New Orleans – Food truck owner Eugene Lewis thought it made perfect sense. He would apply for the “business interruption” coverage that’s part of his insurance policy.
Lewis had been required to get that coverage in order to get a bank loan when he opened the food truck. Then, when he had to close for two months because of the government coronavirus shutdown in March and April, he was sure he’d qualify for the coverage.
Then he got the email from State Farm.
Since there was no “accidental direct physical loss” to the food truck, said State Farm, “we are unable to extend loss of income coverage at this time.”
Lewis is one of thousands of business owners nationwide who have been denied the “business interruption” coverage included in their insurance policies.
Local attorney Morris Bart represents dozens of those unhappy business owners across the state.
“It boils down to one key issue,” says Bart: “is ongoing contamination by the virus considered actual physical damage to the property, such that it triggers the insurance policy coverage?”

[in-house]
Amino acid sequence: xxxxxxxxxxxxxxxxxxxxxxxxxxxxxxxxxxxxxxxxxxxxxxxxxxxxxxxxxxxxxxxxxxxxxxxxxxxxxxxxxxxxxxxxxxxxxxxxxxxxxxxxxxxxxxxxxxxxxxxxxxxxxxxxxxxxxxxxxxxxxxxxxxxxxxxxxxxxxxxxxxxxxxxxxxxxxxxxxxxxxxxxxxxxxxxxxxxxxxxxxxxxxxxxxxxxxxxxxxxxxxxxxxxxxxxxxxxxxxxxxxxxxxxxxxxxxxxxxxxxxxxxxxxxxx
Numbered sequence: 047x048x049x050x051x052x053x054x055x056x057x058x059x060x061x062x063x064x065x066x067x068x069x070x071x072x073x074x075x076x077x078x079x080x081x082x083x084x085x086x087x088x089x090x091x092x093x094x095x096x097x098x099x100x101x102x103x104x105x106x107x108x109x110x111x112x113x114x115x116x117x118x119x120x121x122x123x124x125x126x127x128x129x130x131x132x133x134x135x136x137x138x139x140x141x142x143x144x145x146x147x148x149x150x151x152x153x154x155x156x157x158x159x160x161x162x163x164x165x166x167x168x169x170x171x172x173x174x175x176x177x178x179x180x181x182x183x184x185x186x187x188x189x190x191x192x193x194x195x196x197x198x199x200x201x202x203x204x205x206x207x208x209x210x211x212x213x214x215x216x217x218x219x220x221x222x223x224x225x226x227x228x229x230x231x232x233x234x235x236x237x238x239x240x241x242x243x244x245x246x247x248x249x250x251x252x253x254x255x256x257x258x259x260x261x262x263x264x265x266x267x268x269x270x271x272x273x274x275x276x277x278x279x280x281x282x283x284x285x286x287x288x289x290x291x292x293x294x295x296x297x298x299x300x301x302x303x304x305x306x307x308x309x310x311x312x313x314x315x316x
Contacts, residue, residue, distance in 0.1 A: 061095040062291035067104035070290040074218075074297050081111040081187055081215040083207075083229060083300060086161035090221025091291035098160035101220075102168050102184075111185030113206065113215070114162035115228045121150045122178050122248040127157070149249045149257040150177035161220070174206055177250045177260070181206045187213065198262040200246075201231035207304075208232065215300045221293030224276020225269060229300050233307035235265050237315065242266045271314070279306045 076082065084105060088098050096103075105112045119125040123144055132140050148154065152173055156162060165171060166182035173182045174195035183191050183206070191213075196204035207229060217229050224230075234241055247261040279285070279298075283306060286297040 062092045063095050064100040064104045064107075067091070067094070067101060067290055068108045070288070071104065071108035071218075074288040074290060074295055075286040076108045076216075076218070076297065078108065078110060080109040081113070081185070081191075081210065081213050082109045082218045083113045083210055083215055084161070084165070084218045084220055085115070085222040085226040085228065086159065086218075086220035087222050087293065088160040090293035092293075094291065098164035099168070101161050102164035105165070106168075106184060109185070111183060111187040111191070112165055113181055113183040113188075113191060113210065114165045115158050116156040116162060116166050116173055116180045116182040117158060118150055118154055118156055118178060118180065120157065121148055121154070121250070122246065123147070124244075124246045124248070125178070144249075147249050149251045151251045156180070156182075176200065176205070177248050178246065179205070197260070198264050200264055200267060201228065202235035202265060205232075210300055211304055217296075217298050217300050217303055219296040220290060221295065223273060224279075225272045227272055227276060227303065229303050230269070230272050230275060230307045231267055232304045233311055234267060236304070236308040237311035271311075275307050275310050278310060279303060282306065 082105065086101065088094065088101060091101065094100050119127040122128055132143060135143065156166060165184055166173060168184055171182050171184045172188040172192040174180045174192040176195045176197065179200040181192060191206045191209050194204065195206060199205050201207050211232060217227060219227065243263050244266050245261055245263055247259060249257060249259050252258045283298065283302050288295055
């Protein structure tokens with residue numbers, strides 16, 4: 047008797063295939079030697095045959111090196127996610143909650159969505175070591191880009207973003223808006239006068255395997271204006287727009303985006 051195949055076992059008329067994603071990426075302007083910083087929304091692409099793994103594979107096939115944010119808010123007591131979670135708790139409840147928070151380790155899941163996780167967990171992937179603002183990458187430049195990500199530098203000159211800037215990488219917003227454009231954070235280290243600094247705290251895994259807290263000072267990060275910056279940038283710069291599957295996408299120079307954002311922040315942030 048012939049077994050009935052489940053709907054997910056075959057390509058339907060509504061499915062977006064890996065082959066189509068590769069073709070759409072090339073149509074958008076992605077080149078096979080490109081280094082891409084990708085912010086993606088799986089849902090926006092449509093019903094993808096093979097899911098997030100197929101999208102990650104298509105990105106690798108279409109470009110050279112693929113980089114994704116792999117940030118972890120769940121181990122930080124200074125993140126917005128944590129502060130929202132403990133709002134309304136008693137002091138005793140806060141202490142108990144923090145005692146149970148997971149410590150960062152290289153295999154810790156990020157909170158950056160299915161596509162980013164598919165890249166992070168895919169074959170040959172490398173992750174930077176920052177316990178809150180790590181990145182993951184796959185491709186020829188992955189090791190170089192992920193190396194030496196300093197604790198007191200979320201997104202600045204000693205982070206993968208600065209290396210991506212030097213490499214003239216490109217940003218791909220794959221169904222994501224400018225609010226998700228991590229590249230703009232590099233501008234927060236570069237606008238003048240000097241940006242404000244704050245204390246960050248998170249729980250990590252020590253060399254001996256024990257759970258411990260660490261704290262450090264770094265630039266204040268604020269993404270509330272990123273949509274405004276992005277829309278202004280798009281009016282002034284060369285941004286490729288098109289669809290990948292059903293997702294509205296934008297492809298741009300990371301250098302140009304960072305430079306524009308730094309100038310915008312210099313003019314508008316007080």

The “Insurance Information Institute” (Triple-I), a Washington-based organization that promotes the insurance industry, says no.
Triple- I CEO Sean Kevelighan released a statement on April 29, saying that “the threat of a virus is generally not considered physical damage to property.”
But Bart points to cruise ships in which surfaces have been found to be contaminated with coronavirus long after the passengers have gone and the ships have been idled. That’s one type of “damage” that Bart says “can’t be mitigated or controlled.”
Other examples, he says, are cases dealing with methane gas, microscopic asbestos particles, and “noxious gasses” that have been released in various businesses. Bart says that although the damage may not be visible, courts have held that business owners can claim physical damage in those cases and can file for business interruption coverage.
But Kevelighan, of Triple-I, calls the lawsuits against insurance companies “frivolous” and warns that “retroactive business interruption payouts would bankrupt (the industry).”
“Given the unpredictability and unimaginable potential for worldwide losses,” says Kevelighan, “insurance is simply unable to cover a global pandemic.”
Bart says that so many business owners across the nation are fighting their insurance companies, he expects the claims will be consolidated into a “multi-district litigation” in federal court.
In the meantime, Eugene Lewis’ advice to other frustrated business owners is to join the fight.
“Especially if you’ve been paying premiums for years,” says Lewis, “you should fight for it.”